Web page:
Mitch Iburg, a ceramic artist, goes to great lengths to ensure that his pieces are easier on the environment.
This article is part of our Design special section about making the environment a creative partner in the design of beautiful homes.
Mitch Iburg, who lives in St. Paul, Minn., makes ancient-looking tableware, vessels and sculptures primarily out of clay that he digs from the earth with his own hands (and some tools). Driving his truck two and half hours to an open valley near the Minnesota River, he comes away with 1,000 or so pounds — a quantity that will last him roughly a year. (He has permission from the mining company that owns the property.)
Clay was not where his journey began. Born in Wisconsin across the river from Minnesota and raised partly in Iowa City, Iowa, Mr. Iburg, 33, studied painting at Coe College in Iowa. But he was required to take a 3-D fundamentals class and it was there that he developed an appreciation for clay and its roots in nature and antiquity.
In 2015, he applied for a residency at the Cobb Mountain Art and Ecology Project in California partly because the studio sat on top of a clay bed. And when he settled on a place to open a workshop, Studio Alluvium, with a fellow Cobb resident, Zoë Powell, who is now his fiancée, he chose Minnesota to no small extent because he was familiar with the clay.
On top of the matter of earth was the question of fire. Throughout his residency-hopping, Mr. Iburg was drawn to specialized wood-fired kilns, which he continues to use. “My work has changed in each setting in response to the clays that are available and in response to the community of other wood-fire artists in that area,” he said.
Wood firing produces different results depending on the type of timber used, how dry it is and how much oxygen is let into the kiln. The clay is typically fired without any glaze, and the texture, color and markings change over the course of several days.
For his wood-fired pieces, Mr. Iburg mostly burns dead trees that have to be cut down for reasons of safety or the health of the forest. Or wood that has fallen in storms. Or the leftovers of traditional sawmills.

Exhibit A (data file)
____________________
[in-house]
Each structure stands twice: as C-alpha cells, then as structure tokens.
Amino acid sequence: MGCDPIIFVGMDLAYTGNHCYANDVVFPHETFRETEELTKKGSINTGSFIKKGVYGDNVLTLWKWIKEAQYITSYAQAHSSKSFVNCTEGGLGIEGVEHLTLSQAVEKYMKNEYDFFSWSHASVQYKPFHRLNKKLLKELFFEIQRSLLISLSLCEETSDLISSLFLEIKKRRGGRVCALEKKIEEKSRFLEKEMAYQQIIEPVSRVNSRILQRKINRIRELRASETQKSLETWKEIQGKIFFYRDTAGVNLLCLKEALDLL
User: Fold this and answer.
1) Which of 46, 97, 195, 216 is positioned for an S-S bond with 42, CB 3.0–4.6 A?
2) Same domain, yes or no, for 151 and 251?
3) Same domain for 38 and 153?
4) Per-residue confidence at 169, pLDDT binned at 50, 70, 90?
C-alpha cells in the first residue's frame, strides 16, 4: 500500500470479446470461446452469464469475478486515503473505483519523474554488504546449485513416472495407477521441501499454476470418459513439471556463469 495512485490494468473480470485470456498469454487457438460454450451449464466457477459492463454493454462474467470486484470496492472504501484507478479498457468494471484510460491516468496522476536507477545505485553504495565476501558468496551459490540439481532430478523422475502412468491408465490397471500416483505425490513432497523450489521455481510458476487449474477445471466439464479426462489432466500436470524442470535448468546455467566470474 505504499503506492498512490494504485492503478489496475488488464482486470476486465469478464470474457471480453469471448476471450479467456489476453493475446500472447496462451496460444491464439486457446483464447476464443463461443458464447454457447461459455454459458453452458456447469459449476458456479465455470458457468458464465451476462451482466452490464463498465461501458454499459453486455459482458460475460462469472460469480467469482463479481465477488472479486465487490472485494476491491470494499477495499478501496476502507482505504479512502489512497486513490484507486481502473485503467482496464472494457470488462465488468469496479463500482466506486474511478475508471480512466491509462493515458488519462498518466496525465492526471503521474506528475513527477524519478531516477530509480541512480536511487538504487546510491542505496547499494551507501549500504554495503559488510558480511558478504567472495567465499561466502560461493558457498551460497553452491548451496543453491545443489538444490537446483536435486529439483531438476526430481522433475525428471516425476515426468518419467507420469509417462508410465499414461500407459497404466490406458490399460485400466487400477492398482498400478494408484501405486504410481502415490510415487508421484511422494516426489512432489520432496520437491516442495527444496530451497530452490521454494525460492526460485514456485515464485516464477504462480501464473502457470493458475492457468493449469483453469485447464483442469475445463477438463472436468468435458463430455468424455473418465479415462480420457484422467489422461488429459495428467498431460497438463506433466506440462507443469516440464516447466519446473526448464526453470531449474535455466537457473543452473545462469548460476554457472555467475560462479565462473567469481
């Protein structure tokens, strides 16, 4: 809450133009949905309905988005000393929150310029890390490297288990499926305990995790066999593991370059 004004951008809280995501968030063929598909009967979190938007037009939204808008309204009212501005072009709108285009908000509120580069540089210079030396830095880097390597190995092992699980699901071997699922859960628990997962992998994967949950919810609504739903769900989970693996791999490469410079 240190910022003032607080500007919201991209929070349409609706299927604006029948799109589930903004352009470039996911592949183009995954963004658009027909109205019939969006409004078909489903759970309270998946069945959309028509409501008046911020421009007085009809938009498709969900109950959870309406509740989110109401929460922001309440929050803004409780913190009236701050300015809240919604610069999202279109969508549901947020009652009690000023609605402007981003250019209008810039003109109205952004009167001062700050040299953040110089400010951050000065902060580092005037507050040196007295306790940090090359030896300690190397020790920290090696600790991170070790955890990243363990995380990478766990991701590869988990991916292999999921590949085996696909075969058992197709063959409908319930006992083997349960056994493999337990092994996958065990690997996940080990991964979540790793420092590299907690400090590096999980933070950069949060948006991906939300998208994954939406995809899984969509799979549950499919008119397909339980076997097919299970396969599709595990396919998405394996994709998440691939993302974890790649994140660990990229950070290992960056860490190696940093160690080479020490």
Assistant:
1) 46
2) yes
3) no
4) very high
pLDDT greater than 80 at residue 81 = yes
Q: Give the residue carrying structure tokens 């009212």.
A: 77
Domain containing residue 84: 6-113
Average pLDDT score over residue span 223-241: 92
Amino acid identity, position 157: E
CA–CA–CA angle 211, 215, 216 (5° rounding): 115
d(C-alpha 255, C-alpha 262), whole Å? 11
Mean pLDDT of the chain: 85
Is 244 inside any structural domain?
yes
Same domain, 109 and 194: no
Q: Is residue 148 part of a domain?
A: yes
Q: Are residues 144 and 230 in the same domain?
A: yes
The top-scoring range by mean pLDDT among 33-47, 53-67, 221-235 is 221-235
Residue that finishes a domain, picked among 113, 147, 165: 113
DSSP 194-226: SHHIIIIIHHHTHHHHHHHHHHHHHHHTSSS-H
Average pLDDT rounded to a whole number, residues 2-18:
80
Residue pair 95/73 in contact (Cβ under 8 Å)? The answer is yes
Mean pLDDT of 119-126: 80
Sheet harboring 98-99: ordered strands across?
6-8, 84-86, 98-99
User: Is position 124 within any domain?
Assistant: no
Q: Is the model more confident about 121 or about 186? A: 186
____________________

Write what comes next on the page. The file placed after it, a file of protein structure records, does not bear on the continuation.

“At least we’re putting it to work,” he said.
Today he wood-fires about 40 percent of his pieces, using a kiln at the College of Saint Benedict in Saint Joseph, Minn.
About 20 percent of his ceramic objects use no thermal energy at all but are left raw. These artworks are made with clay in the natural state in which he finds it, containing stones, bits of wood, pieces of brick, fossils and organic matter.
“If you were to put them in water, they would slake back into workable clay,” he said. “Because of this, there’s this extra element of fragility.”
For more utilitarian pieces, such as teapots, he removes the bits that aren’t clay. “If you were to just fire the clay on its own, with all those stones, there is a good chance that there might be a catastrophic melt,” he said.
Mr. Iburg also works with an electric kiln in his studio, but does not follow the common technique of firing clay twice — before and after glaze is put on. He has formulated glazes that can be applied to raw clay and thus require only a single firing. “That was largely a decision to cut down on the electrical usage,” he said.
Mr. Iburg’s works can be found in several galleries and retail sites. Tommy Zung, who owns a design store in Manhattan called Shop Zung, said he discovered Mr. Iburg on Instagram while looking for artisans “with a mindful approach to craftsmanship.” He described Mr. Iburg’s methods as “intimate and purposeful, from how his clay was sourced to the meditated imperfections he left to be embraced by its viewers.”
For the time being, Mr. Iburg said, his unfired work is “a step that feels positive and not forced or forceful.” The moment he started producing those pieces, “it just made a lot of sense because it took some of the pressure off, took some of the guilt off.”